She knew she could get him to do something stupid:

Clinton’s aim is to diminish Trump in the eyes of Americans uncomfortable voting for someone who appeals to racists, perhaps even winning over some moderate Republicans. Trump is fighting that image by appealing to minority voters while questioning Clinton’s record on race issues, noting that Democrats have long controlled cities where many African Americans continue to live in poverty.

While Clinton stopped short of accusing Trump directly of being a racist, Trump offered no such restraint with his remarks.

That proved her point and Philip Bump takes it from there:

There are two prongs to Donald Trump’s attempt to embrace African-American voters. The first is to argue that he’ll be a better advocate on their behalf (or, at least, that they have “nothing to lose” by supporting him). The second is to argue that Hillary Clinton doesn’t really care about their interests.

He put that latter point rather bluntly in a speech on Wednesday night in Jackson, Miss.

“Hillary Clinton is a bigot,” he said, punching the pejorative hard, “who sees people of color only as votes, not as human beings worthy of a better future.”

That’s where this started, but not the whole story:

Trump’s actually been making this argument for about a week now, though not in those terms. You can see how it evolved to this point pretty easily.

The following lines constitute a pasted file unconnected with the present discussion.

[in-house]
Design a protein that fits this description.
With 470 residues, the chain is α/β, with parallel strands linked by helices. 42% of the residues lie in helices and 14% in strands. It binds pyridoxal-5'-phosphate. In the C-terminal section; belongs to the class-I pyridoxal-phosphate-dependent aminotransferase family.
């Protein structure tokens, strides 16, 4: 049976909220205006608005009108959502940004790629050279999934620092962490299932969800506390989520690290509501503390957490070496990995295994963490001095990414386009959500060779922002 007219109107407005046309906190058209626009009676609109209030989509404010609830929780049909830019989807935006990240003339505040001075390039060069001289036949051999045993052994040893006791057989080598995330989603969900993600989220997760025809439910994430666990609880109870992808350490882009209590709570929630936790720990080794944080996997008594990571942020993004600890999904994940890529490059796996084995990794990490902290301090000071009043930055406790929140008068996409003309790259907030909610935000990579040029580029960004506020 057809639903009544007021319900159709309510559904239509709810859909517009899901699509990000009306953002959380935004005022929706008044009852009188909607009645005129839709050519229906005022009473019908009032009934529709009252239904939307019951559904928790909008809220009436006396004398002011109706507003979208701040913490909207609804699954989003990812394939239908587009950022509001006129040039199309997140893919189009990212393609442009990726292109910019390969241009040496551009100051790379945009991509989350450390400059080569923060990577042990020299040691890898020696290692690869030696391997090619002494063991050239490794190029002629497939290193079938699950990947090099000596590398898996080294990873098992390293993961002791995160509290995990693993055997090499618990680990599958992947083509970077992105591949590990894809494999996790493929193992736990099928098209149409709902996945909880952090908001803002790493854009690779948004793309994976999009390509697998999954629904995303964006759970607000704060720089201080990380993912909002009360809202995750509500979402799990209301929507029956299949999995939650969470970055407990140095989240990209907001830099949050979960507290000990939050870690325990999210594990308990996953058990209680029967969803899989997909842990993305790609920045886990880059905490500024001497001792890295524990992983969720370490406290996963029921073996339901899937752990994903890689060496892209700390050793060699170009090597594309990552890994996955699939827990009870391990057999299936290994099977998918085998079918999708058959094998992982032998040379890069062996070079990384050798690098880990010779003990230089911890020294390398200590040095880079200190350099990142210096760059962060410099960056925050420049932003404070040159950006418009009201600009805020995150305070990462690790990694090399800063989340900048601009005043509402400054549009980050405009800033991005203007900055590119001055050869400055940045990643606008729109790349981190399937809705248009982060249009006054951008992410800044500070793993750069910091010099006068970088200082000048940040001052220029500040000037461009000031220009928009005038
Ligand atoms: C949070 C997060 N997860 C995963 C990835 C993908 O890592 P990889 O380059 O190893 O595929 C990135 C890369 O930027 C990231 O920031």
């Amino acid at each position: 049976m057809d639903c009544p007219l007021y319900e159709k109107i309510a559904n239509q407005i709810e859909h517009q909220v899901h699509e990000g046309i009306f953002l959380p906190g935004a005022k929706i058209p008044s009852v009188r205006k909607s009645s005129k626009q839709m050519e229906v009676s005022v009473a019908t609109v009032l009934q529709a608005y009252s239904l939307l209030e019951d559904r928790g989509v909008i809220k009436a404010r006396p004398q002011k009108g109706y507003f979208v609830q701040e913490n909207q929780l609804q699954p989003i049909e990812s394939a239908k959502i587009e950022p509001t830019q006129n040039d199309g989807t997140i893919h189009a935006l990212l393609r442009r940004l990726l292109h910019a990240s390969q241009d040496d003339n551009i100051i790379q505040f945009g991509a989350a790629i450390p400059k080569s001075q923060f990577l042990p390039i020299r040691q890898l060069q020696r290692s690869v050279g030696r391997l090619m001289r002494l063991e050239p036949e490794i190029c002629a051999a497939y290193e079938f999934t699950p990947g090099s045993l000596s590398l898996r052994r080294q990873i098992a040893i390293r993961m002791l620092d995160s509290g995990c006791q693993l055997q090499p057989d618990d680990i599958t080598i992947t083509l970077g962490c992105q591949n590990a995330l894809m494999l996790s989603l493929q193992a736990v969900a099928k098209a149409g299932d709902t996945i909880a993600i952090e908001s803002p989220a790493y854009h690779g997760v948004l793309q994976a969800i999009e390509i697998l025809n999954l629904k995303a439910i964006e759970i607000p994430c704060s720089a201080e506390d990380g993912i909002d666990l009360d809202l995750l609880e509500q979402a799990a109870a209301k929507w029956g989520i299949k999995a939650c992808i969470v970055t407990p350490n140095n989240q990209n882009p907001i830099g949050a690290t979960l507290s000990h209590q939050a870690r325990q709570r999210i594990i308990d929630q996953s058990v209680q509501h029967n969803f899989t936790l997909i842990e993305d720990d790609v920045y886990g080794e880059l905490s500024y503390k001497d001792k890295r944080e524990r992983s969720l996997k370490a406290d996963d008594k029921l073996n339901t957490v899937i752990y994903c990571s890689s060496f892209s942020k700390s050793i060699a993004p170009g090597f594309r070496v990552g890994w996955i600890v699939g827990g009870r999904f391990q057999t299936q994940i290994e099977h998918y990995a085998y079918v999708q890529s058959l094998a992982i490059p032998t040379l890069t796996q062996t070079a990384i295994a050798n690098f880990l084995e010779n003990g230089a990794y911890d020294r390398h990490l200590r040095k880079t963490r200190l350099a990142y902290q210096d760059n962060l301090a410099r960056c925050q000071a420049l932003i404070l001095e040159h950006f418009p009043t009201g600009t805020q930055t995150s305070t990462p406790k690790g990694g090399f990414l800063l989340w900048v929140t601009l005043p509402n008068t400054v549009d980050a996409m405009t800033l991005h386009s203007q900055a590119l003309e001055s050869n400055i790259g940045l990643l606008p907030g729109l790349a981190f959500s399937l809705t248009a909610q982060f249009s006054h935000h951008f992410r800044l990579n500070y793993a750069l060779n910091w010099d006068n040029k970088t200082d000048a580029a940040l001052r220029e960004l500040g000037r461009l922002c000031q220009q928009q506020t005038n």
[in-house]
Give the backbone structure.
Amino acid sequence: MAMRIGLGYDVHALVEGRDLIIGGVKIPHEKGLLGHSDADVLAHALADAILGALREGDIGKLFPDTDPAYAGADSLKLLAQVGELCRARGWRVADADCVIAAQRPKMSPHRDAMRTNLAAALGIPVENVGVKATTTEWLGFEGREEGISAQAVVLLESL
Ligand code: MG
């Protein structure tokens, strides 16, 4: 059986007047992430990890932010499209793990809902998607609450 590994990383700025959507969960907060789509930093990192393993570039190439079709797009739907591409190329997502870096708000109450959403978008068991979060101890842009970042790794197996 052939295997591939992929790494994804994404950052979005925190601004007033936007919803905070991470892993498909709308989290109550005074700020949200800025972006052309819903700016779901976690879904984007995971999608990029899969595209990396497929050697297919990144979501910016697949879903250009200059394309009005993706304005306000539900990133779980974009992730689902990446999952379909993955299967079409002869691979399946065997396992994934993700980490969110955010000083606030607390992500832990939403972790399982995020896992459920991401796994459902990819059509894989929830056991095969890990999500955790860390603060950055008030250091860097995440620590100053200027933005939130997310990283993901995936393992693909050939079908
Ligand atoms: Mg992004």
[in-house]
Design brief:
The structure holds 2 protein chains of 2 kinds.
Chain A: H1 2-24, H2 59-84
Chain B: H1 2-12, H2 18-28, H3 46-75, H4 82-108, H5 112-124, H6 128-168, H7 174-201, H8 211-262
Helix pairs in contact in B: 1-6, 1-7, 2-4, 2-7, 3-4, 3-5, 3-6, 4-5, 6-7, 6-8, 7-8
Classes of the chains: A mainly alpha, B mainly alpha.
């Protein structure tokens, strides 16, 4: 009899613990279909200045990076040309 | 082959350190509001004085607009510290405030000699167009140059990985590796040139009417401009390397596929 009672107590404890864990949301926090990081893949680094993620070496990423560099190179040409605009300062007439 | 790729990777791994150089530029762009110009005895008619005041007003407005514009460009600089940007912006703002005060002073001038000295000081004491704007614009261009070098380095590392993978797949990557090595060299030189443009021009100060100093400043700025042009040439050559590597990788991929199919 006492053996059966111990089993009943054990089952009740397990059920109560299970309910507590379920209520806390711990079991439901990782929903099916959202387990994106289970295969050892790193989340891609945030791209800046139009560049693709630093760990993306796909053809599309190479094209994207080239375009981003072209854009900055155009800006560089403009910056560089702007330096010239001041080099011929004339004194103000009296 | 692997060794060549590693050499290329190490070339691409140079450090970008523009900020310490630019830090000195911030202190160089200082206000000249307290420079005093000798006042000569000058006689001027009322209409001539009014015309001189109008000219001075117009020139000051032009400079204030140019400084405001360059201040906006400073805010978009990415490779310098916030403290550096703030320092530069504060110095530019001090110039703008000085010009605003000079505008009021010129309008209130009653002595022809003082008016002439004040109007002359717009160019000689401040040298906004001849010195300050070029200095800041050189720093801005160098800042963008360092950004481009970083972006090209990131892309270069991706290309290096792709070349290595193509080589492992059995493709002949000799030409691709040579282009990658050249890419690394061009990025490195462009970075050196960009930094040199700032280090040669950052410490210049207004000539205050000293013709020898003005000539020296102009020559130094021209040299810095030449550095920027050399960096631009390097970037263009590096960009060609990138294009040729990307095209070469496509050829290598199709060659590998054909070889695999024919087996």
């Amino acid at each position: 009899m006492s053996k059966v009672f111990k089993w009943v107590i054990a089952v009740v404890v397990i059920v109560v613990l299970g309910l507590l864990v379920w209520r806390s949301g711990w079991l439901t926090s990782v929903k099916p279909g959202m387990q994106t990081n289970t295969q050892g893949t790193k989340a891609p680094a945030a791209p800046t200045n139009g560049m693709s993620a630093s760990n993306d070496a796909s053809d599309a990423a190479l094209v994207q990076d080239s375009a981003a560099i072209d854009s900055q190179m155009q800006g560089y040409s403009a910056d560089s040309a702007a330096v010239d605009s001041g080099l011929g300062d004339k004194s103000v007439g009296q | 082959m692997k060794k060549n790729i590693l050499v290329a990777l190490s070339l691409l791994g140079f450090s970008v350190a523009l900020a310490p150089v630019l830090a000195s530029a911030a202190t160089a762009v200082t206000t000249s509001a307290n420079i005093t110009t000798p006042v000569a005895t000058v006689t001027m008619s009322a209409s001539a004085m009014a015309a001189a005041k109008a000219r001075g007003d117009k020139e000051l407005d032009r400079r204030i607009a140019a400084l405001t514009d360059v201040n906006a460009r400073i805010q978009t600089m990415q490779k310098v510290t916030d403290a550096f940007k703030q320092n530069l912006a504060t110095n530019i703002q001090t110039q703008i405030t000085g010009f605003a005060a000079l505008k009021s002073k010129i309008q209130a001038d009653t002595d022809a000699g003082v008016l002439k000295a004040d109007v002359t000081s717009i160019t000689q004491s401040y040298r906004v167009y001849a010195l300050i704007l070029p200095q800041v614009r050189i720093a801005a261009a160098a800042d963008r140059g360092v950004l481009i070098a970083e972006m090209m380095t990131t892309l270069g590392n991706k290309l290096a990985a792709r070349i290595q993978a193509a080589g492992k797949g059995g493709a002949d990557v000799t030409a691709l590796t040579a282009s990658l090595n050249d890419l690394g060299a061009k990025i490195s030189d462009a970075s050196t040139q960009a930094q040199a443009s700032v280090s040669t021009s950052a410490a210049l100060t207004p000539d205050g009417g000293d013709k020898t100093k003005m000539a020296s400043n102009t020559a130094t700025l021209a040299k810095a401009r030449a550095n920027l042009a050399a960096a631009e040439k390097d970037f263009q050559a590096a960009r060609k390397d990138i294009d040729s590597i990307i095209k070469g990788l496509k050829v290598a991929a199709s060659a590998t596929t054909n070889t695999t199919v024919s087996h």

During his speech in Charlotte last week, the speech in which he said that he “regretted” some unspecified past comments, he was supposed to say, “We are going to reject the bigotry of Hillary Clinton, which sees communities of color only as votes and not as human beings worthy of a better future.” The key word there is “which” – disparaging the bigotry, not Clinton.

But that’s not what Trump actually said. What he said was this – “We’re going to reject bigotry and, I will tell you, the bigotry of Hillary Clinton is amazing. She sees communities of color only as votes and not as human beings worthy of a better future. It is only votes. It’s only votes that she sees and she does nothing about it. She’s been there forever, and look at where you are.”

That’s a subtle distinction, but it was a noticeable switch even then. Trump wasn’t condemning Clinton’s alleged bigotry – he was condemning Clinton.

In his speeches in Dimondale, Mich. and Fredericksburg, Va., Trump stuck to the prepared text, though it had been tweaked a bit. In the latter, it was, “We reject the bigotry of Hillary Clinton who sees people of color only as votes, not as human beings worthy of a better future.”

And then, in Jackson, Trump said exactly what was in his prepared remarks: “Hillary Clinton is a bigot.”

That’s an explanation only an English teacher would love, but there’s a larger point: